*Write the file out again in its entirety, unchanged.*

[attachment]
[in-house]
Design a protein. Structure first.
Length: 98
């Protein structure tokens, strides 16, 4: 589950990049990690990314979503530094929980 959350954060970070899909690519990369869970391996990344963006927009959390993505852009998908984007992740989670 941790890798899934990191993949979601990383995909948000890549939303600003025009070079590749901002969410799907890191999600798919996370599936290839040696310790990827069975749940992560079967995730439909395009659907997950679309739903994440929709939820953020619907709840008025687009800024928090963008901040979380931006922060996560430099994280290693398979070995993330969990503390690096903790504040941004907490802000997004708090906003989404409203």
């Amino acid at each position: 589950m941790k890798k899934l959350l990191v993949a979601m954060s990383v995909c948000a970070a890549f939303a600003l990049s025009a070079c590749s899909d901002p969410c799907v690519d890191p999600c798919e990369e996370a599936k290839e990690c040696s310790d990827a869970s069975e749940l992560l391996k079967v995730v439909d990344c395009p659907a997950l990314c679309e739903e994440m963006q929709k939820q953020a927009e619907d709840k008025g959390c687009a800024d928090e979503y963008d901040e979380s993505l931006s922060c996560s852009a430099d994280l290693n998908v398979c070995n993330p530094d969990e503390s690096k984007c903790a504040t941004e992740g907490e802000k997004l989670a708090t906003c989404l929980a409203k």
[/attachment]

[in-house]
Design a protein. Structure first.
Length: 98
């Protein structure tokens, strides 16, 4: 589950990049990690990314979503530094929980 959350954060970070899909690519990369869970391996990344963006927009959390993505852009998908984007992740989670 941790890798899934990191993949979601990383995909948000890549939303600003025009070079590749901002969410799907890191999600798919996370599936290839040696310790990827069975749940992560079967995730439909395009659907997950679309739903994440929709939820953020619907709840008025687009800024928090963008901040979380931006922060996560430099994280290693398979070995993330969990503390690096903790504040941004907490802000997004708090906003989404409203």
């Amino acid at each position: 589950m941790k890798k899934l959350l990191v993949a979601m954060s990383v995909c948000a970070a890549f939303a600003l990049s025009a070079c590749s899909d901002p969410c799907v690519d890191p999600c798919e990369e996370a599936k290839e990690c040696s310790d990827a869970s069975e749940l992560l391996k079967v995730v439909d990344c395009p659907a997950l990314c679309e739903e994440m963006q929709k939820q953020a927009e619907d709840k008025g959390c687009a800024d928090e979503y963008d901040e979380s993505l931006s922060c996560s852009a430099d994280l290693n998908v398979c070995n993330p530094d969990e503390s690096k984007c903790a504040t941004e992740g907490e802000k997004l989670a708090t906003c989404l929980a409203k």